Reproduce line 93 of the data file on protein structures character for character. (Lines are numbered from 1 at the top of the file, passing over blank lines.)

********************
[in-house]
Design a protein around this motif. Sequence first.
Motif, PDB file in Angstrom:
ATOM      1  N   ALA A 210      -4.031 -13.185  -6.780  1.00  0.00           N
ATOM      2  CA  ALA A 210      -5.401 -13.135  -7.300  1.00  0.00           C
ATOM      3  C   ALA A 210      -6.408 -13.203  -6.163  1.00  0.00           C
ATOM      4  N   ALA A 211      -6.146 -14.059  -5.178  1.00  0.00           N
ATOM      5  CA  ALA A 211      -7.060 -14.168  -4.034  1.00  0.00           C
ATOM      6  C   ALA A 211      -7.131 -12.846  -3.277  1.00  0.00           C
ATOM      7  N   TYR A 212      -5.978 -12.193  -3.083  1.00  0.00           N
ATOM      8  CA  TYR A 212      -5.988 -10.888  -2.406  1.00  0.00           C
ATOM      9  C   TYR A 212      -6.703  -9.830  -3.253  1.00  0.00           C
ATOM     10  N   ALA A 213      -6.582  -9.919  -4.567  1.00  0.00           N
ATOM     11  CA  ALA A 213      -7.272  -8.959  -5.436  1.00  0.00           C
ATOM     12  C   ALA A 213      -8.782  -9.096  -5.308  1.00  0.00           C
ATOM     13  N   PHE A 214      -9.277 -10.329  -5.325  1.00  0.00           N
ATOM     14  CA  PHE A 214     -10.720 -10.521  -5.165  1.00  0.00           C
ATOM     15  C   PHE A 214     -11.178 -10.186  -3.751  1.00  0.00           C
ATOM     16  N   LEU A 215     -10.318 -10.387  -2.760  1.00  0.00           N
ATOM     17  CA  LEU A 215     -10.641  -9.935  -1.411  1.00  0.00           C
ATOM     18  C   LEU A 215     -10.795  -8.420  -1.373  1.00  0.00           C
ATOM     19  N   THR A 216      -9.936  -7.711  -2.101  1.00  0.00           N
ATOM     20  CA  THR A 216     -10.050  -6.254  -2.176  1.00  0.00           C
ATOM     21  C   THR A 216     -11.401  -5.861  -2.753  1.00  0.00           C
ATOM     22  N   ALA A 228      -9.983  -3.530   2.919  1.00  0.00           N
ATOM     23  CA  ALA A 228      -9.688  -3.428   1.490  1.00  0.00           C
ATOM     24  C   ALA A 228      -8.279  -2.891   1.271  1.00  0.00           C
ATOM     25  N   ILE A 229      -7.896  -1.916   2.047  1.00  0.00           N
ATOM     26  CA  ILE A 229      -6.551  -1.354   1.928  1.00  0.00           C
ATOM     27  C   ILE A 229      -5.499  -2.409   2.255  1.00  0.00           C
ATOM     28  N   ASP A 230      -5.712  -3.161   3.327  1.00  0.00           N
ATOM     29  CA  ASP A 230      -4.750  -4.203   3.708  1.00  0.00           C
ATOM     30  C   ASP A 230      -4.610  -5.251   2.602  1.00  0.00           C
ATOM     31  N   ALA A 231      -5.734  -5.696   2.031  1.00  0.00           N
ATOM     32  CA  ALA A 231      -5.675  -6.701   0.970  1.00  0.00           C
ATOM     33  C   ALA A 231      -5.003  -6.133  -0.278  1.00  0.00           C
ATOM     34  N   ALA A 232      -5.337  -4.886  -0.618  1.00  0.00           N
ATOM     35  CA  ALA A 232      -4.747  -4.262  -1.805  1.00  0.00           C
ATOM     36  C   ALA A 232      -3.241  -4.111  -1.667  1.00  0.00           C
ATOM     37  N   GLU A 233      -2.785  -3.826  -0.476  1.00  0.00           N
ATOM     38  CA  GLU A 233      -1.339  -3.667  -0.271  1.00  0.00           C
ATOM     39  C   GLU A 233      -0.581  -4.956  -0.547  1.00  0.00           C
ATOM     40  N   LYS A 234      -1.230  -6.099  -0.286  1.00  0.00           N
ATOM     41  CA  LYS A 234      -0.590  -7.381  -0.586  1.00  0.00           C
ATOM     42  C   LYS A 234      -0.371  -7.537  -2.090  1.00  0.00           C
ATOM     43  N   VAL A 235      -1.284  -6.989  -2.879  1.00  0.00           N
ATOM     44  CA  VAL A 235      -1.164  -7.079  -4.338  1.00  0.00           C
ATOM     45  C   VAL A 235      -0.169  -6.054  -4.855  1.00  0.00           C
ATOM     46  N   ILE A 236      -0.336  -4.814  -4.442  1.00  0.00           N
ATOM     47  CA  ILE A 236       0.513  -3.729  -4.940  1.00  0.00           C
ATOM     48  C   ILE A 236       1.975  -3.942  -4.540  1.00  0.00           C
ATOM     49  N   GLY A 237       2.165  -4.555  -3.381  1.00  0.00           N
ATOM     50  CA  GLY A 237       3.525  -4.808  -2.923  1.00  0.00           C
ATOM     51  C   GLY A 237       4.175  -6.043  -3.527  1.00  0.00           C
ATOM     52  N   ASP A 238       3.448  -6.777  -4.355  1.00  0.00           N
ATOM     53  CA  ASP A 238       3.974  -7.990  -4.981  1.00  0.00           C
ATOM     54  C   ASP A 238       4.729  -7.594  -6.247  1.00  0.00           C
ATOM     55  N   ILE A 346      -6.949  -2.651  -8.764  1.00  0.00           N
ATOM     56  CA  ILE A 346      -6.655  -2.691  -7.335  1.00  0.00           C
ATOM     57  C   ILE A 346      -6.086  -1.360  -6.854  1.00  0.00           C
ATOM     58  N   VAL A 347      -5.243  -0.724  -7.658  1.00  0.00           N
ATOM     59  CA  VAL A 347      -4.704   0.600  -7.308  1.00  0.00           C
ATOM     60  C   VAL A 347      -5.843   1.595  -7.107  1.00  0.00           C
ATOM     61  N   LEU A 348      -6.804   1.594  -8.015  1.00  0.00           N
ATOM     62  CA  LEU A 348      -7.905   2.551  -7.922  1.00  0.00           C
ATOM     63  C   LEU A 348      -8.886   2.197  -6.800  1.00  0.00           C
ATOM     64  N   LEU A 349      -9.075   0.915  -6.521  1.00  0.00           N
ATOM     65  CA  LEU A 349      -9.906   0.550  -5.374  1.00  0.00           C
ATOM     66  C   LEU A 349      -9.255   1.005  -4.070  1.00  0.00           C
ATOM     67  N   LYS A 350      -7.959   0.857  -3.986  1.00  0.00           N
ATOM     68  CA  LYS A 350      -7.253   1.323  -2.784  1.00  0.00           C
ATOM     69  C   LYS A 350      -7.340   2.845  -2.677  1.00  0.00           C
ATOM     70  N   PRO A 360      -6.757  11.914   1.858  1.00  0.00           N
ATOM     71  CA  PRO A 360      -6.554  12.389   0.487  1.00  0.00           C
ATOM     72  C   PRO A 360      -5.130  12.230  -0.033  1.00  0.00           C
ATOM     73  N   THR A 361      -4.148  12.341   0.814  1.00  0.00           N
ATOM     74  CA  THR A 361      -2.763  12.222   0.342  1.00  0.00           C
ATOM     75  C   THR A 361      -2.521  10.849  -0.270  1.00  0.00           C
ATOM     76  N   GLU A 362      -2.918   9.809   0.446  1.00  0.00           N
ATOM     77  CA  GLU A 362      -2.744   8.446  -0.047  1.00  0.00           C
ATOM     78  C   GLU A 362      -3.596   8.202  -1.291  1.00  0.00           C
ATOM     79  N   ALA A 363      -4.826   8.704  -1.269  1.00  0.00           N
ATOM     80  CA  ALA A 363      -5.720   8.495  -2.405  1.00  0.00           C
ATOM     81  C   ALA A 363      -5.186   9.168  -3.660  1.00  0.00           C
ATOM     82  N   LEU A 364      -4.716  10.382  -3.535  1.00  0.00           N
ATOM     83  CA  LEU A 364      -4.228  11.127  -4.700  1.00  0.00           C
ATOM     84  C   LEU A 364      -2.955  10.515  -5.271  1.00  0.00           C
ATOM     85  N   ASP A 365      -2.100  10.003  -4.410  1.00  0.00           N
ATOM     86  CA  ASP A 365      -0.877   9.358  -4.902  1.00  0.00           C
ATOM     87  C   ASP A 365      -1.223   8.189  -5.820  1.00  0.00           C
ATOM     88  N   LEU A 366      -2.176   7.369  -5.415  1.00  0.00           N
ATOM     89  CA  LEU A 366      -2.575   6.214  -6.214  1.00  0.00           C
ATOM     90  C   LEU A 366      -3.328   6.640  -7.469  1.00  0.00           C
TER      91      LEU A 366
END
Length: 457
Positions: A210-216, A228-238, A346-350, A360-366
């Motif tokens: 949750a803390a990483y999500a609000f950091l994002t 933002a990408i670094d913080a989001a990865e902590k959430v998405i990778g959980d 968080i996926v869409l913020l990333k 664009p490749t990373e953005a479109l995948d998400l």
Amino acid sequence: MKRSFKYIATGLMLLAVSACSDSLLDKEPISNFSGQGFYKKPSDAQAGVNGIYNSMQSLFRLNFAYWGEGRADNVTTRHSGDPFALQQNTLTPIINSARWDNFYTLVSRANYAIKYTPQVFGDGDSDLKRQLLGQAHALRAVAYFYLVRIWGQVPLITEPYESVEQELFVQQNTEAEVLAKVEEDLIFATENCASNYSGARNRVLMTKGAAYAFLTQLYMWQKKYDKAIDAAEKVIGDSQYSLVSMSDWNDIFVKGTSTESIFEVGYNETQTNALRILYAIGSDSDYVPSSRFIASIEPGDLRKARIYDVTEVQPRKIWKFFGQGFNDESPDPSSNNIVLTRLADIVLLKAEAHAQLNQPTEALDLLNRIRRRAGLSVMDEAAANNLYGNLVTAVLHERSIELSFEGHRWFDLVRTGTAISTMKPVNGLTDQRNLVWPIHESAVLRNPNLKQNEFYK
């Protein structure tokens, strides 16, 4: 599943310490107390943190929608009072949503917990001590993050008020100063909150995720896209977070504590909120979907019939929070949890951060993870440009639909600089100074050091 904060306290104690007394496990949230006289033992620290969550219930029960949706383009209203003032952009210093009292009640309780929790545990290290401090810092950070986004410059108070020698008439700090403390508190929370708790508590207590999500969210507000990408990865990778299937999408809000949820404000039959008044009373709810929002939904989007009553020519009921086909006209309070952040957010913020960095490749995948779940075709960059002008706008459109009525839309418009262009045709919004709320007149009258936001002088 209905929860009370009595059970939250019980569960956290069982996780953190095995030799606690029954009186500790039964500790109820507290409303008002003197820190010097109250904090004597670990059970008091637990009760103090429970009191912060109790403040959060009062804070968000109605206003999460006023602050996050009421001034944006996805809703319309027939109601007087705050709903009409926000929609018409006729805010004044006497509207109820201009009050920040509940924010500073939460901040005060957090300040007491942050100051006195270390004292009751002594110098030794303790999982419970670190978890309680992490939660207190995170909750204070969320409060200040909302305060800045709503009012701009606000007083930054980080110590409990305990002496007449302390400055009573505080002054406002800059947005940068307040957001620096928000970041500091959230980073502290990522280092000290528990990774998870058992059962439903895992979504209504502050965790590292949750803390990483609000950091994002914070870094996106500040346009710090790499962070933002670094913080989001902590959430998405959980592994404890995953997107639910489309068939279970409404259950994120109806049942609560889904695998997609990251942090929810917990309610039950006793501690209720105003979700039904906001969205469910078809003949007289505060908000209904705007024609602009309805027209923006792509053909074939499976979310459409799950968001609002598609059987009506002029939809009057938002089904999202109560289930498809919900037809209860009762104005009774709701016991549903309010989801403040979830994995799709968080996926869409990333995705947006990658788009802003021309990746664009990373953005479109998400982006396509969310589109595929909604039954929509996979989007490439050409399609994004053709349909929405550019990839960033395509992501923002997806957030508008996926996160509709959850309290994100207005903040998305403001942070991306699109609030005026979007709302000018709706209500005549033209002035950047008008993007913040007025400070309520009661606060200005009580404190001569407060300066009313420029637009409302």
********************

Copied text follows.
ATOM     90  C   LEU A 366      -3.328   6.640  -7.469  1.00  0.00           C